September 17, 2021
Manhattan’s wealthy homebuyers are shunning co-ops — and that’s giving a boost to condo developers on the Upper East
One new tower on East 83rd Street has found takers for about a third of its units even before they were publicly listed. The
developer of another property, off Park Avenue, has already signed $100 million worth of contracts, nearly a year ahead of
a planned marketing effort.
The buildings are a welcome alternative in an area that’s dominated by co-ops, drawing well-heeled locals who want to
trade up while avoiding the onerous process of purchasing and remodeling an apartment at an older, more restrictive
“With a co-op, they need to basically create their own project and do a major renovation — and some of it you can do only
in the summertime, and it takes two to three summers at least,” said developer Miki Naftali, whose self-named firm is
teaming up with the Rockefeller Group on a project at 200 E. 83rd St. “And you can’t change the elevator, you can’t
change the windows and you don’t have amenities.”
A yearlong surge of luxury sales has lifted Manhattan’s high-end market out of its pre-pandemic doldrums. But co-ops
generally have been left out of the boom. Among contracts signed this year at $4 million or more, just 239 were for co-ops,
compared with 863 for condos, according to data from brokerage Olshan Realty.
That’s created opportunities for developers in neighborhoods like the Upper East Side where condos are in short supply —
in contrast with the rest of Manhattan, which is awash with inventory for high-dollar new offerings.
At Naftali and Rockefeller’s 85-unit project, where formal sales will begin this month, 24 of the apartments are already
under contract, at their full asking prices, Naftali said. Naftali Group also sold out all 15 full-floor units at The Benson, its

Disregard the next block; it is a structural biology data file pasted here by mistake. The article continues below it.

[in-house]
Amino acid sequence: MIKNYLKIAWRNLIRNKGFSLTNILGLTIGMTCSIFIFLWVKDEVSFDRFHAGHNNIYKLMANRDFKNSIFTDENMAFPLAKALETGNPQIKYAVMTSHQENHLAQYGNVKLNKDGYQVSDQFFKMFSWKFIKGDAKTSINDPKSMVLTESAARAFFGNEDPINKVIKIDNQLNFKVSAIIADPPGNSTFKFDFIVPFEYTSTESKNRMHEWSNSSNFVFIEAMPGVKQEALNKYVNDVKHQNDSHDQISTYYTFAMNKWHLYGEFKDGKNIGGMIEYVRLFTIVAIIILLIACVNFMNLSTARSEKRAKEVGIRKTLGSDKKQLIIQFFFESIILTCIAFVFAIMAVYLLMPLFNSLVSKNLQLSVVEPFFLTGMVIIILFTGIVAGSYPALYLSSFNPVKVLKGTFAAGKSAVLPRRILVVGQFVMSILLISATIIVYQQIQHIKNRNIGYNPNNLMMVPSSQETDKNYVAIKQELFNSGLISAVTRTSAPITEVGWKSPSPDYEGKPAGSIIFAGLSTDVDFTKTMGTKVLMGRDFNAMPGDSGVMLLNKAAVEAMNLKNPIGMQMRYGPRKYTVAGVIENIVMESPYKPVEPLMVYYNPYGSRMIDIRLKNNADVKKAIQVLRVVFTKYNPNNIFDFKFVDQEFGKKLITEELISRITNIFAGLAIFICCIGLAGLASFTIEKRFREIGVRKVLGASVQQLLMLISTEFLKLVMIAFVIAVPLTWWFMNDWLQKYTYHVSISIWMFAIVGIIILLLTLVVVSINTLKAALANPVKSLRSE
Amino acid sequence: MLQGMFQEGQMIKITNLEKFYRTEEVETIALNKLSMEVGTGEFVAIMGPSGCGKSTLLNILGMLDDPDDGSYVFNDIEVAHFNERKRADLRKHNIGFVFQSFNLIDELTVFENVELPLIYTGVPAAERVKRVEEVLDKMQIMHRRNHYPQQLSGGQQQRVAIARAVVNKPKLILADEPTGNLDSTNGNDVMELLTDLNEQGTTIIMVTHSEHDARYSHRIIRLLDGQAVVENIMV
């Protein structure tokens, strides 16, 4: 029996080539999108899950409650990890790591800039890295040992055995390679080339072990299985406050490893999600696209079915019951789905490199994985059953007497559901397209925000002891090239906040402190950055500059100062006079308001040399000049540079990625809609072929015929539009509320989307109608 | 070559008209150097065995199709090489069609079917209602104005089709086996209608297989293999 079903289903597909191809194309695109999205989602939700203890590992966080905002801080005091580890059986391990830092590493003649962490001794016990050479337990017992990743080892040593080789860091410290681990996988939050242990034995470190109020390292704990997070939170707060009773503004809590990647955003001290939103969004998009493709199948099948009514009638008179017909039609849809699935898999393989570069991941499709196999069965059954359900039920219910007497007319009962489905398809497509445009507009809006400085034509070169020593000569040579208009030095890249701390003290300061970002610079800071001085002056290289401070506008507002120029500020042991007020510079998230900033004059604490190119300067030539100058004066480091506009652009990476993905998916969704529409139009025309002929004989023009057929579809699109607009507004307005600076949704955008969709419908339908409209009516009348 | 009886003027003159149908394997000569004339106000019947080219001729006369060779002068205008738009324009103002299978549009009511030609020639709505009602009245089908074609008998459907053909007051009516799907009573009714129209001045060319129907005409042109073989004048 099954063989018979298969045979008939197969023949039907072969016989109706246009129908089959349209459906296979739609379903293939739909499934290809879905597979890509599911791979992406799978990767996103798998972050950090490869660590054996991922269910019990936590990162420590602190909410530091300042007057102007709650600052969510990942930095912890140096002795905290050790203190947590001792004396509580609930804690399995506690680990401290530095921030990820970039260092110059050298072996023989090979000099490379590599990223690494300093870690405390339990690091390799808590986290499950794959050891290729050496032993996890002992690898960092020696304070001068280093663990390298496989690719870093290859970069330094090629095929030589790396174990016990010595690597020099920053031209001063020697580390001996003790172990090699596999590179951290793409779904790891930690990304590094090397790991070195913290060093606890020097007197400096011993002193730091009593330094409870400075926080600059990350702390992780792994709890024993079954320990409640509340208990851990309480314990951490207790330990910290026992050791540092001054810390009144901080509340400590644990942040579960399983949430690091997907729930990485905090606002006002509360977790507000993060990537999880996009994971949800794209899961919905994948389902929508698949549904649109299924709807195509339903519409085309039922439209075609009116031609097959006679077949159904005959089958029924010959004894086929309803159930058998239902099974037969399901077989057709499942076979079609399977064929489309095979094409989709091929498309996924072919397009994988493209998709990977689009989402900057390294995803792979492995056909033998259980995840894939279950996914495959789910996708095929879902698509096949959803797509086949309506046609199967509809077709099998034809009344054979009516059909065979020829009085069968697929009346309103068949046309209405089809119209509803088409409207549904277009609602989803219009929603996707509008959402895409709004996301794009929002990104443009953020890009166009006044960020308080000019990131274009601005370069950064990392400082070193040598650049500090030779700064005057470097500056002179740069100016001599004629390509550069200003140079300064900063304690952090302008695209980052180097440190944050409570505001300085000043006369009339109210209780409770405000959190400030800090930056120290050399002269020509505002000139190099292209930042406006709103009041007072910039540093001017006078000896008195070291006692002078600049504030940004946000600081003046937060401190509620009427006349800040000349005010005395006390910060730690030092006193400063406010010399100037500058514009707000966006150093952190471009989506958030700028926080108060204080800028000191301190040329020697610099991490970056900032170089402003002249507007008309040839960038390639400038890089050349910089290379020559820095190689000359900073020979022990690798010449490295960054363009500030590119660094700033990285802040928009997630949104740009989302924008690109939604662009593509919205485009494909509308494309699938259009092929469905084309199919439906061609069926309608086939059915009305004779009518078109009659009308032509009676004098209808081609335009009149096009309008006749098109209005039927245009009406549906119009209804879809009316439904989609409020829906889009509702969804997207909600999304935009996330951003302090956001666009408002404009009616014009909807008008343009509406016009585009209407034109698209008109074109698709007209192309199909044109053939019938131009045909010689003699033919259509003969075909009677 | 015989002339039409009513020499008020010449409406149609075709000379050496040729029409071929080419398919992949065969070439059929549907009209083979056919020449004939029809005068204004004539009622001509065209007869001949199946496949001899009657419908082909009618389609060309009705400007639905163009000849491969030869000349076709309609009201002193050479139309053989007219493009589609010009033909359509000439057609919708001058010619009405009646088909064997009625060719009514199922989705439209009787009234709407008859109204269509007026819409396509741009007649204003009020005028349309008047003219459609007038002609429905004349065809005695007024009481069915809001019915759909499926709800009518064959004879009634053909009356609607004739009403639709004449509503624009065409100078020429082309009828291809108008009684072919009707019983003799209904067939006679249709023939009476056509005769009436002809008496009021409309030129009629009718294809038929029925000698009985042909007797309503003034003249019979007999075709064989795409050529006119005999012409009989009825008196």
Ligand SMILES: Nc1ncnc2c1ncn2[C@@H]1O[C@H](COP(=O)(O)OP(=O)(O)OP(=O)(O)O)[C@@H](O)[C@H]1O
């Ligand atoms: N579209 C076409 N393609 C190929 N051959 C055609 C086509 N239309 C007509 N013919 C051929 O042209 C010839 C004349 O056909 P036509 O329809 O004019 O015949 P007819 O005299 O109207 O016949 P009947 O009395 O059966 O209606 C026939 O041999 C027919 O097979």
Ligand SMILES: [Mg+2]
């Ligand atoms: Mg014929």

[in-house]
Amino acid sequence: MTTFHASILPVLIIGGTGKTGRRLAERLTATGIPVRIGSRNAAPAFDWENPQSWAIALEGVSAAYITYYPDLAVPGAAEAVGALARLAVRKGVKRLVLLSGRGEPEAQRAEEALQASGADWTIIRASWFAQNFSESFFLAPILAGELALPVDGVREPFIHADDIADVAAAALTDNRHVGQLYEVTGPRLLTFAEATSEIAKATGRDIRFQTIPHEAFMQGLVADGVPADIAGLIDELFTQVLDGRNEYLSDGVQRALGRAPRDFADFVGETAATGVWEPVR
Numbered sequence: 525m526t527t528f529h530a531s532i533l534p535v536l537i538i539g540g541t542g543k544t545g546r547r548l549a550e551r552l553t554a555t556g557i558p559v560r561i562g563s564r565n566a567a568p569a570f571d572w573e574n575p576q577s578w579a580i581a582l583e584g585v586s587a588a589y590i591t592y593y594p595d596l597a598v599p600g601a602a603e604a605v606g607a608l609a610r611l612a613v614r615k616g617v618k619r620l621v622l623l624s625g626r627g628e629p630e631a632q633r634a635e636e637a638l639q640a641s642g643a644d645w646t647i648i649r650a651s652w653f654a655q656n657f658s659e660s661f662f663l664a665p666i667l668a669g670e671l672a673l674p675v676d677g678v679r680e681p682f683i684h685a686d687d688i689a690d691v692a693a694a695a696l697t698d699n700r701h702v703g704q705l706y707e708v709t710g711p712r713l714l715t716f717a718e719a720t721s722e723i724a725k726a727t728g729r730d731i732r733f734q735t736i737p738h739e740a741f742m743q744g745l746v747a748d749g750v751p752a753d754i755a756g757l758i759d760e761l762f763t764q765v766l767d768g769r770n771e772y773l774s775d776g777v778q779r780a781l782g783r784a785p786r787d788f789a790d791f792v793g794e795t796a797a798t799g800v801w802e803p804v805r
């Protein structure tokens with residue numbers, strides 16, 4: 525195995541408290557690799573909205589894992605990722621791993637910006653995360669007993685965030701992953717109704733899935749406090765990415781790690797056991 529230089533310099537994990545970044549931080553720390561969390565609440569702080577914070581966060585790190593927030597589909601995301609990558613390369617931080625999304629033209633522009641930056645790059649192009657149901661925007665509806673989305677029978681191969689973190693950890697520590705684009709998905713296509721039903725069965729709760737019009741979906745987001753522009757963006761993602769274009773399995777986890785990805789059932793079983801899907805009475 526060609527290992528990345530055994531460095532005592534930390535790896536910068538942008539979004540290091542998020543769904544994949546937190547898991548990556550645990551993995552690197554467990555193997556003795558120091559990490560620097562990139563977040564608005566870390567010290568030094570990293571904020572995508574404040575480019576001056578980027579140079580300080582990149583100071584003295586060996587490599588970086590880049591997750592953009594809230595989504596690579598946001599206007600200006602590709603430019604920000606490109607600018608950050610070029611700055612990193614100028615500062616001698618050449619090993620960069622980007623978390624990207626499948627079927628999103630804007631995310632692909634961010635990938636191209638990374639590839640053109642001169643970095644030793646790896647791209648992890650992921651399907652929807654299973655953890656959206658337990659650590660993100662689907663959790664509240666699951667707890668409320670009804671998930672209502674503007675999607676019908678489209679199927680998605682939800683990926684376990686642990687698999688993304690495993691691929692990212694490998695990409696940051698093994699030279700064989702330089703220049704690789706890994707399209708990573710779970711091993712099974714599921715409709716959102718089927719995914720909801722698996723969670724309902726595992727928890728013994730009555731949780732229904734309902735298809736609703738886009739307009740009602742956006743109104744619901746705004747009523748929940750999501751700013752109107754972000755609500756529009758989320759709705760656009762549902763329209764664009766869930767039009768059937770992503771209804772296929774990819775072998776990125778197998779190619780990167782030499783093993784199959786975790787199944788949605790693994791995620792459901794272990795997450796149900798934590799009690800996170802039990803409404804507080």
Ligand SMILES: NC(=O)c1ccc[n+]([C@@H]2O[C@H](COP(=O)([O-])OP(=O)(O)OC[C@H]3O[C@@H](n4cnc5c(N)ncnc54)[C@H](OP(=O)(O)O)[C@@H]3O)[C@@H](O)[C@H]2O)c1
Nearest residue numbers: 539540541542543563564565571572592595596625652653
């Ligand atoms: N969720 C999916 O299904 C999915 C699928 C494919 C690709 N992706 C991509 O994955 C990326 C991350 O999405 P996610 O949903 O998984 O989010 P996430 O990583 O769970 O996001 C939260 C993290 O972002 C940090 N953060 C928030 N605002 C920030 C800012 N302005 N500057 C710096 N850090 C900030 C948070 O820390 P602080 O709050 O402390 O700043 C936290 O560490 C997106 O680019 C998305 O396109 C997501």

other development in the area, roughly eight months before the building is scheduled to open.
Competitors are also benefiting. Legion Investment Group’s tower at 109 E. 79th St., near the most exclusive stretch of
Park Avenue, has had buyers sign $100 million worth of contracts — including one for a $32.5 million penthouse — largely
off pictures, floorplans and tile samples in the developer’s Midtown office.
Sales weren’t supposed to begin until 2022, when the builder aims to open a model unit inside the building, said Victor
Sigoura, Legion’s chief executive officer.
The buyers at these projects are overwhelmingly New Yorkers.
“A few months after Covid hit, we were getting calls from friends and family — people who I know, people our brokers
know,” Sigoura said. “They were looking for larger-sized units.”
At co-ops, generally older buildings with few amenities, buyers get shares in a corporation that owns the building and don’t
hold deeds to their units. Governing boards have wide latitude on all matters of life inside, including how much money
residents must have in the bank and when they’re allowed to remodel their kitchens.
Meanwhile, newly built luxury condos are giving home shoppers more choices, and frills, with less intrusion. Naftali and
Rockefeller Group’s ground-up tower on 83rd Street, designed by architect Robert A.M. Stern, offers a gym, a pool and a
porte cochère, a covered, private driveway where cars can discreetly drop off residents at the lobby entrance.
Prices for the apartments range from $2.05 million for a one-bedroom to $32 million for a six-bedroom duplex penthouse,
the offering plan shows. The early demand, mostly for two- to four- bedroom apartments, prompted the developers to raise
prices on select units four times since May, Naftali said.
“They have leveraged all the sins of the co-ops to get more money on the condos,” said Donna Olshan, president of
brokerage Olshan Realty, which is not connected to the projects. “Their thing is ‘I’m going to build something that is better
than any co-op. I will give you a higher ceiling, I will give you brand new infrastructure, and you will have central air. I‘ll give
you everything and you won’t have a headache.”